2014 marks 150th anniversary of the naming by William King, Professor of Geology at the then Queen's College Galway. He remains the first scientist ever to name a new species of human. President Michael D. Higgins will attend a special international symposium to mark the 150th anniversary of the coining of the term of Homo neanderthalensis by William King, Professor of Geology at Queen's College Galway in the 19th century. This proposal by King represents one of the first steps towards our understanding today of human evolution. The NUI Galway symposium is dedicated to the life and times of William King and the distant prehistoric people to whom he gave a name. The meeting will welcome the world's leading authorities in the field of human evolution, a gathering never before seen in Ireland, to celebrate this remarkable achievement. At the heart of it all the organising committee hope the symposium will be a fitting tribute to a pioneer in the field of human evolution, who worked at a time when this field was still very much in its infancy, but who has never really received the scientific recognition he deserves. Dr John Murray, one of the symposium organisers, said "this event will celebrate where we have come from as human beings. Professor King’s work represents a scientific milestone in the history of our understanding of human origins. The term ‘Neanderthal’ is globally recognised and understood, but had King not coined this phrase during his time in Queen’s College Galway, they would most likely be known by a completely different name today.” William King’s proposal in 1864 was to formally designate Neanderthal people as a separate species from ourselves (Homo neanderthalensis). His suggestion was both extraordinary and revolutionary for its time - Charles Darwin’s masterpiece ‘Origin of Species’ had been published just five years beforehand. William King remains the first to name a new fossil human species; a privilege afforded to very few scientists. Professor Svante Pääbo, Director of the Department of Evolutionary Genetics at the Max Planck Institute in Leipzig and the first person to sequence the DNA of Neanderthal people, will deliver the main keynote address of the symposium. President Higgins along with members of the King family, will attend this free public talk, which is specifically aimed at a general audience. It will take place at 5.30pm on Saturday 24th May in O'Flaherty Theatre in NUI Galway and those interested in attending are asked to register at General information regarding the full weekend symposium, entitled ‘From Fossils to the Genome’, is available at The meeting has been made possible with the assistance of: The Quaternary Research Association, The Irish Research Council, Roche, NUI Galway, Galway City Council, Bord Fáilte, The Geological Survey of Ireland, The Geological Survey of Northern Ireland, The Institute of Geologists of Ireland, Beta Analytic Limited, Connemara Marble Industries Limited and the Burren Geopark. -ends-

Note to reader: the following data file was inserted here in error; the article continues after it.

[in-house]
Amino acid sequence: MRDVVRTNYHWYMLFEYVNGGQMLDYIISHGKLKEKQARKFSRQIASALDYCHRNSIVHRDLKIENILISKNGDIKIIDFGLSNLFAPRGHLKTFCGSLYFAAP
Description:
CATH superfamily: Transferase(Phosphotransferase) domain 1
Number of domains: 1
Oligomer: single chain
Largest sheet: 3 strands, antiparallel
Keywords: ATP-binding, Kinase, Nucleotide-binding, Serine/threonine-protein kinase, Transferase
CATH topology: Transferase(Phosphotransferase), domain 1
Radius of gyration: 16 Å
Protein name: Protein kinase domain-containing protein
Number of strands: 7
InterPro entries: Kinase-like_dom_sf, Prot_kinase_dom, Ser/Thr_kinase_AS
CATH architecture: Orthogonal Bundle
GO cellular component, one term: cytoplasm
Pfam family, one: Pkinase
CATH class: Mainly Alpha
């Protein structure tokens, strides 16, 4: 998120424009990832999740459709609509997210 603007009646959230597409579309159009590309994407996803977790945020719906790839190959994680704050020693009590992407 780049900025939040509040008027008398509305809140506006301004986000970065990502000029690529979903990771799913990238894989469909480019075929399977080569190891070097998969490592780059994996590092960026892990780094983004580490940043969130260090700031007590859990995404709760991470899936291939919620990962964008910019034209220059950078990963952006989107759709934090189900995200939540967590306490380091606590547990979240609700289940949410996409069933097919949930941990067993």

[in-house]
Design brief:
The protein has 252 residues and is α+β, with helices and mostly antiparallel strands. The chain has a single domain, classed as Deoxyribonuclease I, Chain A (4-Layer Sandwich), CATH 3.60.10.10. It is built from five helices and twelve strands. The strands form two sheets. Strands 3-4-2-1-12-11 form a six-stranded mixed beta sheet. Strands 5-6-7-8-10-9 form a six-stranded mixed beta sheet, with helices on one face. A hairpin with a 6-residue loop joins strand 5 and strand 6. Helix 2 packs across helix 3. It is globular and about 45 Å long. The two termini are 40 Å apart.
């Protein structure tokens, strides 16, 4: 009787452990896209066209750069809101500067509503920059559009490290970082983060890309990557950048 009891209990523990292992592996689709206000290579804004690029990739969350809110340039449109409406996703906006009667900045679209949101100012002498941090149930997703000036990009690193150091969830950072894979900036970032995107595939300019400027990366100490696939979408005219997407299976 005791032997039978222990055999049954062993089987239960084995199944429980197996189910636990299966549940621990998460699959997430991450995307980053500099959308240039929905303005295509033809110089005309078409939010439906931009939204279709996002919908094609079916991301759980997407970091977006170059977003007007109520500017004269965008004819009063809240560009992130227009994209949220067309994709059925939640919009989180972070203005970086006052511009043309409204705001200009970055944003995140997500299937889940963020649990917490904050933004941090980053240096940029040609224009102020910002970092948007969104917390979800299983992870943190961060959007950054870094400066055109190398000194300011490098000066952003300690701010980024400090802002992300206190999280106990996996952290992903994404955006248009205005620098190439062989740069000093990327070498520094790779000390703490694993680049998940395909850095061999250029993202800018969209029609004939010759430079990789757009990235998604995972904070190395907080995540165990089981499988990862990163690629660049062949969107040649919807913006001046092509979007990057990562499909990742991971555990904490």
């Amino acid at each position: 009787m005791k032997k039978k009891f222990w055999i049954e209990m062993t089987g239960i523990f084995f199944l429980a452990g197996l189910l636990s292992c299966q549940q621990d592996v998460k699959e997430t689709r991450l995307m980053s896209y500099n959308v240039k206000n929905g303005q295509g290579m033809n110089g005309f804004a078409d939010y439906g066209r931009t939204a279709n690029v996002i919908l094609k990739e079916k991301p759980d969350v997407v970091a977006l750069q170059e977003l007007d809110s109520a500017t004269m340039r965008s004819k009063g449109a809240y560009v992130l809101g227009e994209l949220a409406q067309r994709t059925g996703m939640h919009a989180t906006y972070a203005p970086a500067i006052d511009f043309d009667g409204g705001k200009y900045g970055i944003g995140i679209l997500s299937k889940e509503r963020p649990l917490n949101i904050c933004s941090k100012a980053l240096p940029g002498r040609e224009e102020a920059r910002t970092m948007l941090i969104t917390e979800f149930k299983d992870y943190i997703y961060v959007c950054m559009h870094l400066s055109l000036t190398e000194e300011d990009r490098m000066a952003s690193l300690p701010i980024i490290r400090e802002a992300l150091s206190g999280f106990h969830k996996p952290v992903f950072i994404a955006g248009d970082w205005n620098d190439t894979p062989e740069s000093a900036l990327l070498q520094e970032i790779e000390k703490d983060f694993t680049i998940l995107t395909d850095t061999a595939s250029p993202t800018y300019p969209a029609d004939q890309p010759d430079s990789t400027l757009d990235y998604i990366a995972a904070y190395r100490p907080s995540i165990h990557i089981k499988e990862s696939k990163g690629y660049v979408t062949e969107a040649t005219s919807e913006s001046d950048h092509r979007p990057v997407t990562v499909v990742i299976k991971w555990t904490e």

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NUI Galway Insight Group Win Prestigious BBC #newsHACK II Prize

NUI Galway Insight Group Win Prestigious BBC #newsHACK II Prize-image

Wednesday, 14 May 2014